The Pet Page
This is Murray. He was a half Maine Coon, which means he’s the size of a frozen turkey. But he was a lovable goof and my best office pal. And he was just as soft as he looks. He’s gone now and I miss his loud purring, his following me from room to room, his flopping on the floor on his back for belly rubs, his sleeping on my head like a raccoon hat.
This is George. The Ninja. He was half the size of Murray. He was a tuxedo cat and in the first picture, he is sleeping on my desk, a rare thing, along with a rarer glimpse into a corner of my office. (Damn that phone is old!) The second is George in a basket in the front window. It’s even funnier when Murray tried to fit in that basket. Our dear George is no longer with us, but we miss his antics of catching and releasing lizards in the house, of climbing up on things he shouldn’t, and of keeping me company in my office as I work. Rest in peace, old friend.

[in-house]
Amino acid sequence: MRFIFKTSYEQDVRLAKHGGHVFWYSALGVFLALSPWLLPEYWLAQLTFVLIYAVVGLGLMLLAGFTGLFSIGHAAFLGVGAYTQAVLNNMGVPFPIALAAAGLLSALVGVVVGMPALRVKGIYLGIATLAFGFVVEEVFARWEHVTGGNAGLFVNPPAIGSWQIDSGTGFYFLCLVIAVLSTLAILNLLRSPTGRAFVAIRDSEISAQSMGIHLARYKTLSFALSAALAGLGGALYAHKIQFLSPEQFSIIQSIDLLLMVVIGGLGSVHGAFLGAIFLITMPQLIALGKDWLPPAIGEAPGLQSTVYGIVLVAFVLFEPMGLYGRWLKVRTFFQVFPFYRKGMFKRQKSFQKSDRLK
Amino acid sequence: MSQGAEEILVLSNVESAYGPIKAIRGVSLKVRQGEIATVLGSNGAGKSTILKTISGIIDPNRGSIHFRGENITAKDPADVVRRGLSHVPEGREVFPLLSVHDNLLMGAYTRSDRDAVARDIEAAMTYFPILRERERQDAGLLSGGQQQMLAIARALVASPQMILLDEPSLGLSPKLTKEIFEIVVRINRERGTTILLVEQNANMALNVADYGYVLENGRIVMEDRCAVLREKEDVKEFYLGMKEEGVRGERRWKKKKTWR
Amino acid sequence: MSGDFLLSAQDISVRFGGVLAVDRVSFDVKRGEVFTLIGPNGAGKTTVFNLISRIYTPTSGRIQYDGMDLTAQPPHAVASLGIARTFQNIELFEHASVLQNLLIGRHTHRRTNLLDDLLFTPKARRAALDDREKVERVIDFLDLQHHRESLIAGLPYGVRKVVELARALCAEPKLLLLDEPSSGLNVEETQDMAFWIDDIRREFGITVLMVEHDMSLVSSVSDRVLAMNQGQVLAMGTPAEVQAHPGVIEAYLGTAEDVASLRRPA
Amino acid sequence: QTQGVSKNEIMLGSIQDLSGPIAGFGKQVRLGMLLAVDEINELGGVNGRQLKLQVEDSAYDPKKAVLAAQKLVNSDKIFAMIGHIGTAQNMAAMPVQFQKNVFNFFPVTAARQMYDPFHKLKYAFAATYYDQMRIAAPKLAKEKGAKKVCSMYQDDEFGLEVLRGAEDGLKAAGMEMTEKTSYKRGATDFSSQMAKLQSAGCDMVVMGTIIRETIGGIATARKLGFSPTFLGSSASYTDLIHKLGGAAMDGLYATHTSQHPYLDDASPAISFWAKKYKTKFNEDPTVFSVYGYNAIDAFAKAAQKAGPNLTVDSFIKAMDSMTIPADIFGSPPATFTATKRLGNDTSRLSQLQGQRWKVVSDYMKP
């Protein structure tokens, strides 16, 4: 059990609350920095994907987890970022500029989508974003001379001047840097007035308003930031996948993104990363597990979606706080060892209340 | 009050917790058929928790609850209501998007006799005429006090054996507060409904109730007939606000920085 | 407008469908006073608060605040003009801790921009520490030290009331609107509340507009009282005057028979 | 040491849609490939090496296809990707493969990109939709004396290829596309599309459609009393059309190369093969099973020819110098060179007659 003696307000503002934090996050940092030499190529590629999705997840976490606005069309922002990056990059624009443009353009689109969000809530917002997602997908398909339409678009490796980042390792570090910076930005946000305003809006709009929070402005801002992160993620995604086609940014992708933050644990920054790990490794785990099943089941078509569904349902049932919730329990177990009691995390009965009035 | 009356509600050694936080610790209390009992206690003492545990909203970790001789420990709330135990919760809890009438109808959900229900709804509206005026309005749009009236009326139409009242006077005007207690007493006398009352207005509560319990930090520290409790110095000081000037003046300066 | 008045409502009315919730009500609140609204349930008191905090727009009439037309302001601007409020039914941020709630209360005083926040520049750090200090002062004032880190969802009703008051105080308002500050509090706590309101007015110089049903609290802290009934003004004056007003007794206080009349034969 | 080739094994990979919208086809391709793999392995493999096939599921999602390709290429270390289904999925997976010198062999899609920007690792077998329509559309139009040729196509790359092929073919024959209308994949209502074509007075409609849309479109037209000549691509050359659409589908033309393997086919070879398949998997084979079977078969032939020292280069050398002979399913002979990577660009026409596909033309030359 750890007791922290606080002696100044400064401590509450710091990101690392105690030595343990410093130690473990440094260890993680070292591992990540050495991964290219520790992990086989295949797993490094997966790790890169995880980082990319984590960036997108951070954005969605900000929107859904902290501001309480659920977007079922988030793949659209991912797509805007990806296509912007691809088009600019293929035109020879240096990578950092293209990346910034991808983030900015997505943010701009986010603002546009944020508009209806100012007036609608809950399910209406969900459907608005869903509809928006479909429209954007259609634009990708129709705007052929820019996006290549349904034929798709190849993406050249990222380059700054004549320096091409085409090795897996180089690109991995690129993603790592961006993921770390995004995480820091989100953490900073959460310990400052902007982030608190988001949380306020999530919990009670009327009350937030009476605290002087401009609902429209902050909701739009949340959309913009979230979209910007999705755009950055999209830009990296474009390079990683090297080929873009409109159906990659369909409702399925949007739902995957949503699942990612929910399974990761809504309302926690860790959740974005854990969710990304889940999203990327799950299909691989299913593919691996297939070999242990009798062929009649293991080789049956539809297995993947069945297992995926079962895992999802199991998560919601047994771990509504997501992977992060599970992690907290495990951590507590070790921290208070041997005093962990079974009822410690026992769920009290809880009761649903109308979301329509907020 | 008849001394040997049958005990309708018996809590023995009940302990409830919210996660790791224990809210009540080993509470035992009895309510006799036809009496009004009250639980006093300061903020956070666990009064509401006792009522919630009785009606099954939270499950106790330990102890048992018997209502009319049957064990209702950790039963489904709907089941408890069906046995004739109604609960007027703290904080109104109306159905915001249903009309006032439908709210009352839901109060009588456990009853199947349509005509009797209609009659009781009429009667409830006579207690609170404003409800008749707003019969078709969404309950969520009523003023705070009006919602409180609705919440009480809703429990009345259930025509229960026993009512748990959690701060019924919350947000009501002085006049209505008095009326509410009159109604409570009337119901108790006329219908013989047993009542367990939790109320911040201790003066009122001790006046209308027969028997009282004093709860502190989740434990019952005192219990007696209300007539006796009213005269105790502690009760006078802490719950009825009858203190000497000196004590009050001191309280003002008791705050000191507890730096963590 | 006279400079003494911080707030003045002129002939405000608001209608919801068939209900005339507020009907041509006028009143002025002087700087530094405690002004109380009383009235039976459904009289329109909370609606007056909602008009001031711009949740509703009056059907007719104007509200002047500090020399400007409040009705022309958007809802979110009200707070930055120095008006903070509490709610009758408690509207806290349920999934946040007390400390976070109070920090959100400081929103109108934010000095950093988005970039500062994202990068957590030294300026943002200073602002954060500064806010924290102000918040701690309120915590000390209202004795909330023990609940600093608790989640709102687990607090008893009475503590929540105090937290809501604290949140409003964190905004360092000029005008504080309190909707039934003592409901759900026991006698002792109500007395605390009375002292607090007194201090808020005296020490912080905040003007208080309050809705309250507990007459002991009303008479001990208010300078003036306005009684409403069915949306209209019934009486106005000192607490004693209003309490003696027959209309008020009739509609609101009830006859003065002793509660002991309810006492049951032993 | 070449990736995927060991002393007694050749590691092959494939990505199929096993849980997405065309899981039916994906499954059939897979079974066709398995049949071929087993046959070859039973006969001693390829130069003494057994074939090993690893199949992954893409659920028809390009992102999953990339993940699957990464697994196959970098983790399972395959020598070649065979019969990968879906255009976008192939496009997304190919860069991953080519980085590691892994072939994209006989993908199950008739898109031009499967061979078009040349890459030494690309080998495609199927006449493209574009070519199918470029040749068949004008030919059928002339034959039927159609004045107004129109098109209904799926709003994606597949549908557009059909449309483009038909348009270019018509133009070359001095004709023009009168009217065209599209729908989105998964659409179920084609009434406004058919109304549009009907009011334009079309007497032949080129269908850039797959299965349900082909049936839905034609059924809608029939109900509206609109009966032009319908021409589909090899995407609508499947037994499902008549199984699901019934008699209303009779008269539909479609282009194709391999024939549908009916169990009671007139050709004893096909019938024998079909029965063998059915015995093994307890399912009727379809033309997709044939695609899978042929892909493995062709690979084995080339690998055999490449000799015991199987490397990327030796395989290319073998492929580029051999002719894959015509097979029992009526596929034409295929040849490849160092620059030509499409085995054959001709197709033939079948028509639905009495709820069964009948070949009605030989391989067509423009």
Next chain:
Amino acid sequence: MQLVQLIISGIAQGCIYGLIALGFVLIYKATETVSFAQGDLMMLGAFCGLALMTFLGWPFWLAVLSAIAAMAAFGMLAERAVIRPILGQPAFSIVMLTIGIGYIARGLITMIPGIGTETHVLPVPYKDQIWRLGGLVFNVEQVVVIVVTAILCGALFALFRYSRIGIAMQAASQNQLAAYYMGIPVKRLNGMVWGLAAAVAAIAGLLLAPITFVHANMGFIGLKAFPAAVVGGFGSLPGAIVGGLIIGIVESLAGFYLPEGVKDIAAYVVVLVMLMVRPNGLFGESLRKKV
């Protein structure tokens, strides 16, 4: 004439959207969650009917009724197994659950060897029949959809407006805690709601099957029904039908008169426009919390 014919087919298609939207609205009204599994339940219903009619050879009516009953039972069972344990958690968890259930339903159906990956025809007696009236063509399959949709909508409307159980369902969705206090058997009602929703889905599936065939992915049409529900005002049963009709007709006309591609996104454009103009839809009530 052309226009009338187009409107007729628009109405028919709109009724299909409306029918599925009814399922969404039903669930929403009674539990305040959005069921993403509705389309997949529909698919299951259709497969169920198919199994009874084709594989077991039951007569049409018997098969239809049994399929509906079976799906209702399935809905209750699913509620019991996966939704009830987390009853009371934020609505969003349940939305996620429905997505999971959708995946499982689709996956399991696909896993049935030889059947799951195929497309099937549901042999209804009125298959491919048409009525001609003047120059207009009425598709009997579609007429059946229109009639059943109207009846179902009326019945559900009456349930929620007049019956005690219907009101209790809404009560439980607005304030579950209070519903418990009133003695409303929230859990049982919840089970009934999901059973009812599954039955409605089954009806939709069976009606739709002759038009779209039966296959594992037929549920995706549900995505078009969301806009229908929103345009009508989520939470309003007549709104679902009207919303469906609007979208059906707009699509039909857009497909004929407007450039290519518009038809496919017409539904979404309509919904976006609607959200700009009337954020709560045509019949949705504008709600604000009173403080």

This is Harley. She’s a desert tortoise. Now before you get your knickers in a twist fretting over endangered species this and that, know that she came to us just out of the egg about 17 years ago from a friend who had a mating pair. These are domesticated, in other words, they are not allowed release into the wild. They have diseases they can carry to the wild tortoises and the wild ones have diseases these guys can get. You can’t sell them, either. You must give them away. And yes, she’s got a license.
I just took her out of her winter box to take this picture so the look on her face is saying, “What the hell are you doing?” The best pet, because late fall, she’s ready to hibernate, so in the box she goes into the closet until spring has sprung. No feeding, no cleaning up. Cool.
And outside we keep bees. “Keeping” bees is a relative term because they come and go as they please. But they’ve been hanging out in the hive we built for them after they trespassed on one of the birdhouses I had built outside and busted through the walls. Yes, we get their honey on occasion and it is a marvelous thing. Mostly we just leave them alone.